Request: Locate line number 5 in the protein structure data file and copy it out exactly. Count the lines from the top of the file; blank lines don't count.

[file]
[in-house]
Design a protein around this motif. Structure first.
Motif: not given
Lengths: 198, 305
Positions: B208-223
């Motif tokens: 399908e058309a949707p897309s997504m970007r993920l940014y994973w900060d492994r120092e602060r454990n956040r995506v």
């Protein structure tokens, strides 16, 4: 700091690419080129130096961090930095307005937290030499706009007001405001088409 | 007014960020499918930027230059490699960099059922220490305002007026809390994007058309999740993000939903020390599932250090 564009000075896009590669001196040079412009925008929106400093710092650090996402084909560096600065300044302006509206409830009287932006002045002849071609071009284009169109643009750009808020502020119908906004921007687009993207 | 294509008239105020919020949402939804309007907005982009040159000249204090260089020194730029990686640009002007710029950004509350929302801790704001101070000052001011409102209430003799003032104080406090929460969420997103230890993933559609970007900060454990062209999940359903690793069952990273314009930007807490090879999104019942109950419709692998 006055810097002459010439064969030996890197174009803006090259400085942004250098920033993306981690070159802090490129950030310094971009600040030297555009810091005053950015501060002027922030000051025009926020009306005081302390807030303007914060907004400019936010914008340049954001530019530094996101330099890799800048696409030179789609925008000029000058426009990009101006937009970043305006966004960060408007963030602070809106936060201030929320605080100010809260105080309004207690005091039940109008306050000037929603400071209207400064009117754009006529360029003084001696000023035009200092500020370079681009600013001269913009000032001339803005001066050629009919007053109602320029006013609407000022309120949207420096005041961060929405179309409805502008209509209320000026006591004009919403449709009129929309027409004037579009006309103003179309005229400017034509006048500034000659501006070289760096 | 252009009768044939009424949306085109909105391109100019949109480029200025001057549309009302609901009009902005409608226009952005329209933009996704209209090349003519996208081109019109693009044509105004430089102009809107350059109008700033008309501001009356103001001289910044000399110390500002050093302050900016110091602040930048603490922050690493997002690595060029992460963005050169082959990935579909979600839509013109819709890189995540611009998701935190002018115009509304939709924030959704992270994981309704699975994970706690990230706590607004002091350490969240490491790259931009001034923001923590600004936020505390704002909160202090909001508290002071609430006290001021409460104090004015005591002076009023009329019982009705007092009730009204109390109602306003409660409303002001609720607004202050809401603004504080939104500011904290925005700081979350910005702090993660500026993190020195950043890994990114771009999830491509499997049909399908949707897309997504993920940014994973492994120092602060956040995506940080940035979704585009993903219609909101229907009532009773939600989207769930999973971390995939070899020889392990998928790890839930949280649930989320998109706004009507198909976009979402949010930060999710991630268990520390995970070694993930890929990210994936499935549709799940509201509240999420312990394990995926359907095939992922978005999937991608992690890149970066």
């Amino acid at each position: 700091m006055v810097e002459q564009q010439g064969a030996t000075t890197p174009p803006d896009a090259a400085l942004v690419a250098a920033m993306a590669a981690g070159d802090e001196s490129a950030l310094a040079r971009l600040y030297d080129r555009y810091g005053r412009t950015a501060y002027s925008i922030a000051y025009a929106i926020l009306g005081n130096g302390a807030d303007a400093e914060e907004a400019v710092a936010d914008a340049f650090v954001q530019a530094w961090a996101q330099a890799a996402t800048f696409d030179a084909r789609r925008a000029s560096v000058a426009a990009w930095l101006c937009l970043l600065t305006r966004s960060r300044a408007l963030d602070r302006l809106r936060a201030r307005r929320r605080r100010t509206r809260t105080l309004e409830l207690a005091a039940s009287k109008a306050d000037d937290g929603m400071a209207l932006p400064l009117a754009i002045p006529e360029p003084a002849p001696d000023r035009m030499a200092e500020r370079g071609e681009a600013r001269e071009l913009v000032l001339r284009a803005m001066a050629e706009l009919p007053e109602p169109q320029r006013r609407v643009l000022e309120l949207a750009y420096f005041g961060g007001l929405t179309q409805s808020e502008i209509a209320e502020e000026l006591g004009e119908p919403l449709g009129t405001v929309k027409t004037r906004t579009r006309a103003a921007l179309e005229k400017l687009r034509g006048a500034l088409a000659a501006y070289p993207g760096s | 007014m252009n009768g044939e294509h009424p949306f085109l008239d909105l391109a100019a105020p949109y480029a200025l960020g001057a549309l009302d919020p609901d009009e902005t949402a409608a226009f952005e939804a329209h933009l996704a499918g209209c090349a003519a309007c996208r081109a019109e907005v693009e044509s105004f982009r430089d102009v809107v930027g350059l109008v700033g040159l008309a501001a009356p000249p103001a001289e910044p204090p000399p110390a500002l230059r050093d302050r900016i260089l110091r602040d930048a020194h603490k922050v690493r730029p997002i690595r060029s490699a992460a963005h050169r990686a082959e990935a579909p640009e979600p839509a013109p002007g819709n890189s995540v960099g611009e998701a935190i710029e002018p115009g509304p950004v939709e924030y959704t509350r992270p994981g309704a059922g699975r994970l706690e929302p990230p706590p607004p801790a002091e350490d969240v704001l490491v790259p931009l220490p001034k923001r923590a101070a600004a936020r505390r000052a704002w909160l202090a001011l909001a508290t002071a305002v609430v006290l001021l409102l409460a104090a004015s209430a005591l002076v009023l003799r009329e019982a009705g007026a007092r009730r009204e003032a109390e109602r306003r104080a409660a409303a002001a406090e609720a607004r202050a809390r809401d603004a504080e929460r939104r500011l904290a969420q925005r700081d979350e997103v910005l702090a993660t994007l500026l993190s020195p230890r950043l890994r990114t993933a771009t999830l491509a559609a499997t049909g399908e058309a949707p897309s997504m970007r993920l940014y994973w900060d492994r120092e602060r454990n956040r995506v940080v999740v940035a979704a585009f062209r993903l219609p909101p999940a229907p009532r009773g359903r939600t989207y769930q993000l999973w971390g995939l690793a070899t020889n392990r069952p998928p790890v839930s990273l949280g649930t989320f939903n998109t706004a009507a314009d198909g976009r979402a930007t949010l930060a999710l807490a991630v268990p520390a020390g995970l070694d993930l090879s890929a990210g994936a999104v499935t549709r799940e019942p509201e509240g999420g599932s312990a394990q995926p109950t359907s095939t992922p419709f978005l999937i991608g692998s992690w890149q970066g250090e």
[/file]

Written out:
Positions: B208-223